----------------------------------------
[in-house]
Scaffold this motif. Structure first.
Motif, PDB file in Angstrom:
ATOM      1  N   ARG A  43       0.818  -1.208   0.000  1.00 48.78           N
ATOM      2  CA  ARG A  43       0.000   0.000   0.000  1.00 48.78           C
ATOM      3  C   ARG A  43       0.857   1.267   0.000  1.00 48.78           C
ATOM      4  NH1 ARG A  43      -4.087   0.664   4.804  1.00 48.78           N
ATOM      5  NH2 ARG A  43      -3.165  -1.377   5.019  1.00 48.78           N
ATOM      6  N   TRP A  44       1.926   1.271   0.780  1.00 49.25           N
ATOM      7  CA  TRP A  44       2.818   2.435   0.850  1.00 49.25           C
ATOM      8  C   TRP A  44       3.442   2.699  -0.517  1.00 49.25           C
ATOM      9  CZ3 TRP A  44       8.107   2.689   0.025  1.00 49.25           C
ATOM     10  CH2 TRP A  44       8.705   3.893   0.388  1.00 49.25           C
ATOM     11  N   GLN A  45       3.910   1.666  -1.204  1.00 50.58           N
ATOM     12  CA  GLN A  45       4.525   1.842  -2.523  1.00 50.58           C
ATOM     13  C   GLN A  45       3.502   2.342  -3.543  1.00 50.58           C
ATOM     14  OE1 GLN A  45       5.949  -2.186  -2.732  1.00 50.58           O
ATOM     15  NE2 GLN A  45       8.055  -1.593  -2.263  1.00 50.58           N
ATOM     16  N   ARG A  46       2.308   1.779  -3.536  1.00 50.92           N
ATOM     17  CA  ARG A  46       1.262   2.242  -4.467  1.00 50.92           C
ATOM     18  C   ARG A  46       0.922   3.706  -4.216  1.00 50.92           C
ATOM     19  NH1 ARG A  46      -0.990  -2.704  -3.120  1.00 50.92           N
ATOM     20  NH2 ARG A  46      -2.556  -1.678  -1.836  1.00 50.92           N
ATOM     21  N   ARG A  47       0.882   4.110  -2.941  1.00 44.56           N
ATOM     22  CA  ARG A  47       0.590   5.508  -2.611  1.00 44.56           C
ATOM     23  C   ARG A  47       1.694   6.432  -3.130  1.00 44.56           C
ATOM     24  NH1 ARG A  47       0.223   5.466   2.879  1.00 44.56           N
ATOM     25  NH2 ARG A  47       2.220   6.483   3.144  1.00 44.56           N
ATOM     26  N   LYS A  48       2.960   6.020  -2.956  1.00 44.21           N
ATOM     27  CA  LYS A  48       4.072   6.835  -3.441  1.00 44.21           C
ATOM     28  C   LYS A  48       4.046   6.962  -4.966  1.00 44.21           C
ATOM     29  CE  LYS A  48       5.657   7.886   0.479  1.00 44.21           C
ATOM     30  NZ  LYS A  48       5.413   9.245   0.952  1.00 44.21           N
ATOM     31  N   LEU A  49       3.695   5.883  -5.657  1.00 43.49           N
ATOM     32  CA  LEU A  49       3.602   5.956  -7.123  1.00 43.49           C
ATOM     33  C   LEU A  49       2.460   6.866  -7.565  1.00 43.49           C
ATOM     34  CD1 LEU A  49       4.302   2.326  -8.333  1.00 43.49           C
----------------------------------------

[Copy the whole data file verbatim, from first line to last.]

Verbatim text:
[in-house]
Scaffold this motif. Structure first.
Motif, PDB file in Angstrom:
ATOM      1  N   ARG A  43       0.818  -1.208   0.000  1.00 48.78           N
ATOM      2  CA  ARG A  43       0.000   0.000   0.000  1.00 48.78           C
ATOM      3  C   ARG A  43       0.857   1.267   0.000  1.00 48.78           C
ATOM      4  NH1 ARG A  43      -4.087   0.664   4.804  1.00 48.78           N
ATOM      5  NH2 ARG A  43      -3.165  -1.377   5.019  1.00 48.78           N
ATOM      6  N   TRP A  44       1.926   1.271   0.780  1.00 49.25           N
ATOM      7  CA  TRP A  44       2.818   2.435   0.850  1.00 49.25           C
ATOM      8  C   TRP A  44       3.442   2.699  -0.517  1.00 49.25           C
ATOM      9  CZ3 TRP A  44       8.107   2.689   0.025  1.00 49.25           C
ATOM     10  CH2 TRP A  44       8.705   3.893   0.388  1.00 49.25           C
ATOM     11  N   GLN A  45       3.910   1.666  -1.204  1.00 50.58           N
ATOM     12  CA  GLN A  45       4.525   1.842  -2.523  1.00 50.58           C
ATOM     13  C   GLN A  45       3.502   2.342  -3.543  1.00 50.58           C
ATOM     14  OE1 GLN A  45       5.949  -2.186  -2.732  1.00 50.58           O
ATOM     15  NE2 GLN A  45       8.055  -1.593  -2.263  1.00 50.58           N
ATOM     16  N   ARG A  46       2.308   1.779  -3.536  1.00 50.92           N
ATOM     17  CA  ARG A  46       1.262   2.242  -4.467  1.00 50.92           C
ATOM     18  C   ARG A  46       0.922   3.706  -4.216  1.00 50.92           C
ATOM     19  NH1 ARG A  46      -0.990  -2.704  -3.120  1.00 50.92           N
ATOM     20  NH2 ARG A  46      -2.556  -1.678  -1.836  1.00 50.92           N
ATOM     21  N   ARG A  47       0.882   4.110  -2.941  1.00 44.56           N
ATOM     22  CA  ARG A  47       0.590   5.508  -2.611  1.00 44.56           C
ATOM     23  C   ARG A  47       1.694   6.432  -3.130  1.00 44.56           C
ATOM     24  NH1 ARG A  47       0.223   5.466   2.879  1.00 44.56           N
ATOM     25  NH2 ARG A  47       2.220   6.483   3.144  1.00 44.56           N
ATOM     26  N   LYS A  48       2.960   6.020  -2.956  1.00 44.21           N
ATOM     27  CA  LYS A  48       4.072   6.835  -3.441  1.00 44.21           C
ATOM     28  C   LYS A  48       4.046   6.962  -4.966  1.00 44.21           C
ATOM     29  CE  LYS A  48       5.657   7.886   0.479  1.00 44.21           C
ATOM     30  NZ  LYS A  48       5.413   9.245   0.952  1.00 44.21           N
ATOM     31  N   LEU A  49       3.695   5.883  -5.657  1.00 43.49           N
ATOM     32  CA  LEU A  49       3.602   5.956  -7.123  1.00 43.49           C
ATOM     33  C   LEU A  49       2.460   6.866  -7.565  1.00 43.49           C
ATOM     34  CD1 LEU A  49       4.302   2.326  -8.333  1.00 43.49           C